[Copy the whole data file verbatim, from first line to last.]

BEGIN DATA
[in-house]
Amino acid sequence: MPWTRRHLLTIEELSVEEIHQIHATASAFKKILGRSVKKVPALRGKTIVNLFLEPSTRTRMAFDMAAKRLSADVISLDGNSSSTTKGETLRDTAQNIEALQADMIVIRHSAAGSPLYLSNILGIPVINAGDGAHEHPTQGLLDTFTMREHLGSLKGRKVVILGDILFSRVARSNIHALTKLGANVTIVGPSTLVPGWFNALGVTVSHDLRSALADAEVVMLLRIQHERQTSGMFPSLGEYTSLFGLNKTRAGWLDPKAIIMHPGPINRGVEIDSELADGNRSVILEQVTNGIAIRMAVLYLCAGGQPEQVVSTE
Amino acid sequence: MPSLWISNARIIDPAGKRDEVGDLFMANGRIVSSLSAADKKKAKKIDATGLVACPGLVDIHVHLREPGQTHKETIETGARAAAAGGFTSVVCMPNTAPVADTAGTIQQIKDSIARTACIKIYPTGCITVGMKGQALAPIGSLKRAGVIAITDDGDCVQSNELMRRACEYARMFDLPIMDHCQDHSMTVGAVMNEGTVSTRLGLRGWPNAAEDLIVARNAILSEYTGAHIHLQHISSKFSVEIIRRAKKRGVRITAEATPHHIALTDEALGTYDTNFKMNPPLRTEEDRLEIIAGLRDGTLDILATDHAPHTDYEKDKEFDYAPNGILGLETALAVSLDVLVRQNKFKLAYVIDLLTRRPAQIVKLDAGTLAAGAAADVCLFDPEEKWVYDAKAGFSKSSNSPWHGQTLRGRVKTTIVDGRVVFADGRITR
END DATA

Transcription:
[in-house]
Amino acid sequence: MPWTRRHLLTIEELSVEEIHQIHATASAFKKILGRSVKKVPALRGKTIVNLFLEPSTRTRMAFDMAAKRLSADVISLDGNSSSTTKGETLRDTAQNIEALQADMIVIRHSAAGSPLYLSNILGIPVINAGDGAHEHPTQGLLDTFTMREHLGSLKGRKVVILGDILFSRVARSNIHALTKLGANVTIVGPSTLVPGWFNALGVTVSHDLRSALADAEVVMLLRIQHERQTSGMFPSLGEYTSLFGLNKTRAGWLDPKAIIMHPGPINRGVEIDSELADGNRSVILEQVTNGIAIRMAVLYLCAGGQPEQVVSTE
Amino acid sequence: MPSLWISNARIIDPAGKRDEVGDLFMANGRIVSSLSAADKKKAKKIDATGLVACPGLVDIHVHLREPGQTHKETIETGARAAAAGGFTSVVCMPNTAPVADTAGTIQQIKDSIARTACIKIYPTGCITVGMKGQALAPIGSLKRAGVIAITDDGDCVQSNELMRRACEYARMFDLPIMDHCQDHSMTVGAVMNEGTVSTRLGLRGWPNAAEDLIVARNAILSEYTGAHIHLQHISSKFSVEIIRRAKKRGVRITAEATPHHIALTDEALGTYDTNFKMNPPLRTEEDRLEIIAGLRDGTLDILATDHAPHTDYEKDKEFDYAPNGILGLETALAVSLDVLVRQNKFKLAYVIDLLTRRPAQIVKLDAGTLAAGAAADVCLFDPEEKWVYDAKAGFSKSSNSPWHGQTLRGRVKTTIVDGRVVFADGRITR